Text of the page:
number of kids that have been hurt at that facility and
simply palm it off to 'kids will be kids.'
David Utter, director of the Juvenile Justice Project
of Louisiana, was equally critical of the Wackenhut
"What's the priority here?" Utter asked
of Wackenhut's promise to spend only the amount of
money on the Jena center mandated by law and by its
contracts with state and local agencies.
priority is not the kids," the New Orleans attorney said
in an interview. "It's the contract and the profit
Utter said he recalled the November near-riot, one of
two serious incidents at the Jena center since it
opened in December 1998.
During the November
incident, seven juveniles were exposed to chemical Pepper
Mace spray, a chemical grenade and a chemical called
The children were already lying on
the ground when officers sprayed them with the
chemicals within six inches of their faces, Utter
The chemicals are not to be used indoors, Utter said.
"The reason it's not for use indoors is that people
Wackenhut, in its court response,
denied any impropriety other than failure to promptly
inform state Corrections officials and "less than
adequate response by the nursing staff" to the juveniles
exposed to the spray.
Wackenhut denies complaint
federal consultants as biased, wrong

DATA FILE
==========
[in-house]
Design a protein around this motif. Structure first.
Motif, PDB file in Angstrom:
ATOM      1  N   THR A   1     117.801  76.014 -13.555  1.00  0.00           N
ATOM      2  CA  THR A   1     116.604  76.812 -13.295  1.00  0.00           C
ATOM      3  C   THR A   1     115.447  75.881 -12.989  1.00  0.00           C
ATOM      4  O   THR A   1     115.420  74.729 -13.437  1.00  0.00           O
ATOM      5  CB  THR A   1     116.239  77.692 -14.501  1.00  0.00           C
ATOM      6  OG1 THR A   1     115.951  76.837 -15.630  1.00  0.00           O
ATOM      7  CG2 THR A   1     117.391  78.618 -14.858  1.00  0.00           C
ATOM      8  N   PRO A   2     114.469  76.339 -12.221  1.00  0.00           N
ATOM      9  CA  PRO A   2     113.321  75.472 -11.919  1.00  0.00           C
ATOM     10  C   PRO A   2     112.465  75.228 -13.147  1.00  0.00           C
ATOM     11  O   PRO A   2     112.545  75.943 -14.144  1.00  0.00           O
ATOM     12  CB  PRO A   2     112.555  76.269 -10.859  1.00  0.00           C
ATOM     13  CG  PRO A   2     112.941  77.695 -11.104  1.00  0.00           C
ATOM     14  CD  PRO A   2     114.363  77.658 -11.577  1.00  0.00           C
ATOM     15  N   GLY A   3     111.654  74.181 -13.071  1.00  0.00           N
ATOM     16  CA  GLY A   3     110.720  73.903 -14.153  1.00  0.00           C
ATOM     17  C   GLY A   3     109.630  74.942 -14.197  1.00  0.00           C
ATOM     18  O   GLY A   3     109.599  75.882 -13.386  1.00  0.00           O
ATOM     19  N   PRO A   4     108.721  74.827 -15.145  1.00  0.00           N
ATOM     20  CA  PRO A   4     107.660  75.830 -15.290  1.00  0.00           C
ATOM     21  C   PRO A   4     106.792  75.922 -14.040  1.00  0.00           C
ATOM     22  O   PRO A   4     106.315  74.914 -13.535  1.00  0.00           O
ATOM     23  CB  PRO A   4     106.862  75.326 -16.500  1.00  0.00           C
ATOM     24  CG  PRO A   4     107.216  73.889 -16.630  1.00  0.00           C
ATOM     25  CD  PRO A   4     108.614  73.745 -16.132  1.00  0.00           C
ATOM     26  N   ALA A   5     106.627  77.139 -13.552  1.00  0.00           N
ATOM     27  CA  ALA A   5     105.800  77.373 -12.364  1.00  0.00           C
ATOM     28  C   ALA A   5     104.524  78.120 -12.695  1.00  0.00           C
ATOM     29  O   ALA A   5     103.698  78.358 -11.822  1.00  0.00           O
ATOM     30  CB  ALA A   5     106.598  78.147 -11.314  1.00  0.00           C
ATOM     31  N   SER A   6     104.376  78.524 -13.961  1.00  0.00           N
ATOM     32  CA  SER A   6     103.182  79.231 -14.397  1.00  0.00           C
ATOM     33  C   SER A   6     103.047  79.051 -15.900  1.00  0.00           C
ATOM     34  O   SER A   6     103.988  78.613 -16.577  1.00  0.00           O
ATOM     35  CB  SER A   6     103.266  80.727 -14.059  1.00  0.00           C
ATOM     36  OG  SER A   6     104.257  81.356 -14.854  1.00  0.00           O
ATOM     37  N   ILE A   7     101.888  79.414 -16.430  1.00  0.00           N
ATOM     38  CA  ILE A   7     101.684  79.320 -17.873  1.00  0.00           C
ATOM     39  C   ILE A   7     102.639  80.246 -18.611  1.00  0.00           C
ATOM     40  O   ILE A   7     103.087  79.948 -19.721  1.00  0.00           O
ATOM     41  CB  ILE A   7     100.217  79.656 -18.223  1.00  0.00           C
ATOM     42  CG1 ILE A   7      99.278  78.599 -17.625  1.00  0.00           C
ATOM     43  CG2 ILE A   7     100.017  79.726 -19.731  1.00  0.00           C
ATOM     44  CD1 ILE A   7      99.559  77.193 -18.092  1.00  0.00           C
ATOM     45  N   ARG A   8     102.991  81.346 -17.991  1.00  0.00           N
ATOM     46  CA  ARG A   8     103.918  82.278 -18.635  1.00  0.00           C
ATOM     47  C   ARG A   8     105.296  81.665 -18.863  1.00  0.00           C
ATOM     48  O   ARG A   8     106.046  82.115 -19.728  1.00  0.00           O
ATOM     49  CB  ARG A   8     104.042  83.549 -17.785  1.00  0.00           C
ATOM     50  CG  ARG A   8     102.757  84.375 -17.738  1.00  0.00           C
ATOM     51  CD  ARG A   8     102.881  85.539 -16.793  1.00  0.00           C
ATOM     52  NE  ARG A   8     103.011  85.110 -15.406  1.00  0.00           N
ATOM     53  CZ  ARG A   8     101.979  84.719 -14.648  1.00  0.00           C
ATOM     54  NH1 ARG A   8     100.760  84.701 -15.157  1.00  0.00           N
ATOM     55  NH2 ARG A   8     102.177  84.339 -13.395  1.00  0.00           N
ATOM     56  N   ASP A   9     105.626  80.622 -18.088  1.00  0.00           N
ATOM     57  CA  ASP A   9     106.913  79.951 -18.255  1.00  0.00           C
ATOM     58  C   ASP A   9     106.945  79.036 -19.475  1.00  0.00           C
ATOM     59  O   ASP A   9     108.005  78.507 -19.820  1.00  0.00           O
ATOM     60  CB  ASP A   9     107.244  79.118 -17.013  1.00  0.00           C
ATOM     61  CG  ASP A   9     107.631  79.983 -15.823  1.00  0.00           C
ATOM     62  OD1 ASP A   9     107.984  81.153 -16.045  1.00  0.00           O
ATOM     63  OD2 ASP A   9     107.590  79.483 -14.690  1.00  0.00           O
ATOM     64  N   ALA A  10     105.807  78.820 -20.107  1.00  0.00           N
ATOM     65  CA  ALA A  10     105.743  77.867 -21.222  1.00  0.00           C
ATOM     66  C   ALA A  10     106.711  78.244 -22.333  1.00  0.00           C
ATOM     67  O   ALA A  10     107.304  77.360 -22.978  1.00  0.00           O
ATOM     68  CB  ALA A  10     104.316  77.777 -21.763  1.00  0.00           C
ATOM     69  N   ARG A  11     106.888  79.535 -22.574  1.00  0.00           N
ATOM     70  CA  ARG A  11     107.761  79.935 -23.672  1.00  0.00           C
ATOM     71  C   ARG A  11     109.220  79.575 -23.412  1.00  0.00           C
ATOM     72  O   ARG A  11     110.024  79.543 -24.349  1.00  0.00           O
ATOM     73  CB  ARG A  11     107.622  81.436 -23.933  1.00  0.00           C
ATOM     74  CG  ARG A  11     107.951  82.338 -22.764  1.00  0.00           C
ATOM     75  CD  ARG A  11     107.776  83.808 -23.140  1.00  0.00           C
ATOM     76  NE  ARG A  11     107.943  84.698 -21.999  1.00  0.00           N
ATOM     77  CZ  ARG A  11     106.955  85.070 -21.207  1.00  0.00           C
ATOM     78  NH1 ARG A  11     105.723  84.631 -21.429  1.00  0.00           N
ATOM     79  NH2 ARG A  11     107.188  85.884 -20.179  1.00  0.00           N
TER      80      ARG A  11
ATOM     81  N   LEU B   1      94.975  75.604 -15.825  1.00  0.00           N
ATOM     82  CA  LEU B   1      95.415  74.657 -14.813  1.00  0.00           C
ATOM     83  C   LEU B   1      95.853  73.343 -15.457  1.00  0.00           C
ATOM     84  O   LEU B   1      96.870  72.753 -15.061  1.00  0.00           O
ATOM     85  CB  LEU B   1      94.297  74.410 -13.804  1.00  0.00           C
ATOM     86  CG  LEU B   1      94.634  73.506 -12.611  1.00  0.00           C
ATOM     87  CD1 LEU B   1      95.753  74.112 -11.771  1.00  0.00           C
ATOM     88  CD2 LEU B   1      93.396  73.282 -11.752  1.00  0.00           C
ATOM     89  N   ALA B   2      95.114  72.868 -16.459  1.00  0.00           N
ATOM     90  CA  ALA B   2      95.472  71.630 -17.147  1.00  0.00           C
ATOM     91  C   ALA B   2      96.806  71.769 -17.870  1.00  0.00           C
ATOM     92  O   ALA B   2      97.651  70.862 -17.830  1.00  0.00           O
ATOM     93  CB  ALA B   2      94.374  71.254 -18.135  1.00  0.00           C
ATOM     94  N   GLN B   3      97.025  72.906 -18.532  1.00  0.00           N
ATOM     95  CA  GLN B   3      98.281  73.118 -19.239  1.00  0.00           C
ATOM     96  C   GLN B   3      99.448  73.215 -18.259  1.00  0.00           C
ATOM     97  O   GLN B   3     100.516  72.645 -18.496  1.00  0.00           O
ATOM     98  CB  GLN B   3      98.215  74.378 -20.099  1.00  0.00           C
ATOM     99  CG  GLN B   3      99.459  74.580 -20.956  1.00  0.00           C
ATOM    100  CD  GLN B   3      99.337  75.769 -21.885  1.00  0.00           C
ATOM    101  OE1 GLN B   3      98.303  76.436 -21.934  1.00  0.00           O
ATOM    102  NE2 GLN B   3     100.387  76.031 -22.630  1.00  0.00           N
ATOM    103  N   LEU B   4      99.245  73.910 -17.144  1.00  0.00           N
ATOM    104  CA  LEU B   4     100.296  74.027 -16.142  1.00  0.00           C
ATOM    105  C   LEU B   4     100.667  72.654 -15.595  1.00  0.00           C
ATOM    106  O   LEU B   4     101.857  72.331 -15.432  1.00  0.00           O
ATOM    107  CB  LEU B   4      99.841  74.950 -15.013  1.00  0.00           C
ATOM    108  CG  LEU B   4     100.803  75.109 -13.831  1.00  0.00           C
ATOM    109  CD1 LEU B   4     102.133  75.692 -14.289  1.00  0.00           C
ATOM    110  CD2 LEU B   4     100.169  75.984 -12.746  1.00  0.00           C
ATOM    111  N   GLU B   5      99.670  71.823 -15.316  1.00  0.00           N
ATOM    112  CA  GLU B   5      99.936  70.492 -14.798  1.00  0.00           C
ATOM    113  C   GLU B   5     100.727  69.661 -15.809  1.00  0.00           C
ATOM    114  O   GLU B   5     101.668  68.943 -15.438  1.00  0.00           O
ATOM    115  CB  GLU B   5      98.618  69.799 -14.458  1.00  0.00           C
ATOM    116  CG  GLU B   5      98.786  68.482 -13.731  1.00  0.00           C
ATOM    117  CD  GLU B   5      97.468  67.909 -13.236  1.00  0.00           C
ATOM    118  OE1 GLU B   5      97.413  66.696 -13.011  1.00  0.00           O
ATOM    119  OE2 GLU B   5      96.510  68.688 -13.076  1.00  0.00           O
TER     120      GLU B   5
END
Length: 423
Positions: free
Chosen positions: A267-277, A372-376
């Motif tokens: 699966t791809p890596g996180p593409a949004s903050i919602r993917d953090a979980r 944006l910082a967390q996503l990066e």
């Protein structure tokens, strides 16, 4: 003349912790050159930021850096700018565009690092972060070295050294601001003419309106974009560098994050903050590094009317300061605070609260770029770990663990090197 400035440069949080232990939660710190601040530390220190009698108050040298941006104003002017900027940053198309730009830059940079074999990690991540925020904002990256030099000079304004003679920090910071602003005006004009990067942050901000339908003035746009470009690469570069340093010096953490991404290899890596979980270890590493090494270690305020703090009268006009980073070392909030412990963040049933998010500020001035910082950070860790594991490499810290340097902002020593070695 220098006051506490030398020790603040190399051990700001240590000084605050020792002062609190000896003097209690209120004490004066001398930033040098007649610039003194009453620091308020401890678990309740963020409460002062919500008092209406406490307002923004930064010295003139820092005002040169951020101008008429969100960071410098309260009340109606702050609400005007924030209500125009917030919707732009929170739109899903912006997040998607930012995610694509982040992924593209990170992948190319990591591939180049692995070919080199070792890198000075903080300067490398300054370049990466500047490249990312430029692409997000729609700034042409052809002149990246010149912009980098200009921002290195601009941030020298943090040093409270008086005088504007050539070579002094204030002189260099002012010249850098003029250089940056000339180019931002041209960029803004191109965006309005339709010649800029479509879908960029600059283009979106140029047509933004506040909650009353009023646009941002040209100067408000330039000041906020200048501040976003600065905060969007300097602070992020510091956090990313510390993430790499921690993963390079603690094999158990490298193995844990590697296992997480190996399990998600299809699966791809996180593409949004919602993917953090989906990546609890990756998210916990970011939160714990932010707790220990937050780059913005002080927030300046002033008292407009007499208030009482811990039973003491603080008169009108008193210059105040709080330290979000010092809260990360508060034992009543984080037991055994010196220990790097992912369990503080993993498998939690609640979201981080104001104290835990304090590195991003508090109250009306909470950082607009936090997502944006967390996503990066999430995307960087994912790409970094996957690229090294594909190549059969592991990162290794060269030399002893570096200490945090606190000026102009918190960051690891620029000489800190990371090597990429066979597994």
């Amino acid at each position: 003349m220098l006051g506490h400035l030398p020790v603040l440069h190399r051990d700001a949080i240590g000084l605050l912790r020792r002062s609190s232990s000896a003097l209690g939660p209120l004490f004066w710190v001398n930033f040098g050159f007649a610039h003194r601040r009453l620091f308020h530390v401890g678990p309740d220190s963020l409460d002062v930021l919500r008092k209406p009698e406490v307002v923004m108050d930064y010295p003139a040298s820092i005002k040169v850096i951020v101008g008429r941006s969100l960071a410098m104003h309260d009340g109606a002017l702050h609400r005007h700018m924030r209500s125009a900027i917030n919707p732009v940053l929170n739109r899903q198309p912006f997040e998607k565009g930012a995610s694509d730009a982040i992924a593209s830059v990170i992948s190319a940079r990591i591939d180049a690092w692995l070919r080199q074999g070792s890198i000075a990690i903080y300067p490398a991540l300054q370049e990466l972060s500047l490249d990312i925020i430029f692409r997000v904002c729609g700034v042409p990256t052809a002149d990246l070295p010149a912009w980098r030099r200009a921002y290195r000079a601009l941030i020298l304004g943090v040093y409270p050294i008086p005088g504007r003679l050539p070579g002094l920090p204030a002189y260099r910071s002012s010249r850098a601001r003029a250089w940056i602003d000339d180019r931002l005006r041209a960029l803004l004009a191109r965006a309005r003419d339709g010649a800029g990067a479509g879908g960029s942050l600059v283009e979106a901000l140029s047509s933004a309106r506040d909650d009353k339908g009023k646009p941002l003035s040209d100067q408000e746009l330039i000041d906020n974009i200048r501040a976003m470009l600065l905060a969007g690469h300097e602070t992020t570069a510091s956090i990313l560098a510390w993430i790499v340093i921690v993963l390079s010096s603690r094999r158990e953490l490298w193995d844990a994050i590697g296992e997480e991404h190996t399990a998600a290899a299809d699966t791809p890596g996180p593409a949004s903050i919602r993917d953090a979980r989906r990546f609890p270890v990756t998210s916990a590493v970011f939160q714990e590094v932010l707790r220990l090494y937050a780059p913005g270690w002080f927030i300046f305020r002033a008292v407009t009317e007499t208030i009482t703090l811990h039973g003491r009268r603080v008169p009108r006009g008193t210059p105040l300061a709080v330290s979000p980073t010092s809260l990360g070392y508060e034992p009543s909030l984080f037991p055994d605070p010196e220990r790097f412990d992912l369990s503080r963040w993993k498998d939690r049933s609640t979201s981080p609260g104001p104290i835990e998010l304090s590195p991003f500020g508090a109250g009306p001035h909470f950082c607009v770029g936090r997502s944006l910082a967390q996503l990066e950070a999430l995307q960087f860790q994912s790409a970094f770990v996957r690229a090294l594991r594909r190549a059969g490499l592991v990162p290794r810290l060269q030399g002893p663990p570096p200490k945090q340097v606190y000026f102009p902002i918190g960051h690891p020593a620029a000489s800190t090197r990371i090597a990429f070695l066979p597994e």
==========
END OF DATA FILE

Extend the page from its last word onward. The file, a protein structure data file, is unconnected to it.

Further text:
By VICKI FERSTEL
The Advocate (Baton Rouge)
Wackenhut Corrections Corp. on Wednesday disputed as
inflammatory, biased, incomplete and wrong the conclusions of
four U.S. Justice Department consultants who last
month slammed the for-profit Jena Juvenile Justice
Wackenhut made its counterclaims in a 32-page executive
summary filed Wednesday in U.S. District Court at Baton
Rouge. The summary is the response by the publicly
traded corporation to a 277-page Justice Department
report that last month found the Jena center "unsafe,
violent and inhumane."
The Justice Department
report and the Wackenhut response are part of ongoing
civil rights litigation against the state involving
public juvenile prisons in Baton Rouge, Bridge City and
Monroe and for-profit prisons in Tallulah and
Keith Nordyke, one of the attorneys for the juvenile
offenders in the civil rights litigation, said he fears
Wackenhut's court filing may indicate the company's
willingness to engage in a drawn-out court battle.
feel very strongly that kids are being hurt up there,"
Nordyke said in an interview Wednesday. "We want to get
this resolved and resolved quickly."
based in Palm Beach Gardens, Fla., owns and operates
the 276-bed Jena center. The state Department of
Public Safety and Corrections pays about $7 million a
year to house juveniles from throughout the state at